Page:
“I feel the term bridesmaid is laden with meaning”, says Annie. “It’s exactly the reason why I didn’t want to have bridesmaids at my wedding. It makes my group of super-strong female and male friends sound weak. Rather than teachers, civil servants, journalists, and doctors, my friends have become a clump of women with their hair done up all nicely, wearing frilly dresses. My friends and I are the furthest thing from meek or maid-like you could imagine.”
Instead, Annie joking referred to her “bridesmaids” as “supporters” – which included her best female friend Louise, her brother Dan, and her oldest friend Lilly. “They were 'allowed' to wear whatever they liked and we didn’t have a colour scheme, because, frankly, I’d rather have a laid back wedding with all of us having an ace time than people terrified to eat in case they spill wine on themselves.”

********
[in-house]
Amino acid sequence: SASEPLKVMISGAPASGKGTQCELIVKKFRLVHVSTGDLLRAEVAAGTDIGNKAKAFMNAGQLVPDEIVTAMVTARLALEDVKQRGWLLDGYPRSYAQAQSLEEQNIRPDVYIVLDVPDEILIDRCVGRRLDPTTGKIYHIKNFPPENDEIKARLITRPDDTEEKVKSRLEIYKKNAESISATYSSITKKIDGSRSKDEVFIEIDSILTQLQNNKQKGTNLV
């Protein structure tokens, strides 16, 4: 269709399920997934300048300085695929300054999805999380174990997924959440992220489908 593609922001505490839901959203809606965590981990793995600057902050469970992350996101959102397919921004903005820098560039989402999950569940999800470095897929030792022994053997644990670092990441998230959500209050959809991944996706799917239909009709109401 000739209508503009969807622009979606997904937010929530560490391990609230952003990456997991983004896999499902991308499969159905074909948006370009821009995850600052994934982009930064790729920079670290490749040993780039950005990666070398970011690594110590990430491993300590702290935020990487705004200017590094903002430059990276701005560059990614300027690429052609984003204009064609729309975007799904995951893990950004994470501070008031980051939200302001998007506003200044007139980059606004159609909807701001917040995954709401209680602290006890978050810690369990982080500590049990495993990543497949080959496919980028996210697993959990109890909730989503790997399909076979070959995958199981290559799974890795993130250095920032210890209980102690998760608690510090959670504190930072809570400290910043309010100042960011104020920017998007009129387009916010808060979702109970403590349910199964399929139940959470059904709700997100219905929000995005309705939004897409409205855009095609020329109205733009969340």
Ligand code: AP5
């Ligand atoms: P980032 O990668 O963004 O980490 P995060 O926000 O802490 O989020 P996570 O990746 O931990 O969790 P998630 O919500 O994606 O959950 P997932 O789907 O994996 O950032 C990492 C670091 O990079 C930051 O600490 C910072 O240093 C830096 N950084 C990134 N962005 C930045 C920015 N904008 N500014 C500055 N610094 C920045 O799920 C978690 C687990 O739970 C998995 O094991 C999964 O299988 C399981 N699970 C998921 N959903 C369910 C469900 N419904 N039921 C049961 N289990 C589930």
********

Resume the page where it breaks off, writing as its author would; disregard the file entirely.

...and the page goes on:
Although I like the idea of tradition as much as the next person, I’m not such a fan of traditions that continue to box women into people who coo over flowers and dresses, and as in the film Bridesmaids, get super competitive over wedding organisation. Yet, for many women I speak to, bridesmaids still play a special part in weddings, and it’s a tradition they would be unhappy to lose.

For Kate, being a bridesmaid was important because it meant being there for one of her closest friends on an important day in her life. “It turned out she did need the emotional support, and it was nice to give it and feel involved. Being a bridesmaid for my friend made me feel an important part of her future as well, in a way that simply being a witness for my brother's wedding did not. I chose to have bridesmaids at my wedding for the same reason, I guess. I wanted them to feel included in my future, but I also wanted to recognise their contribution to helping me (indeed, us) get to this stage.”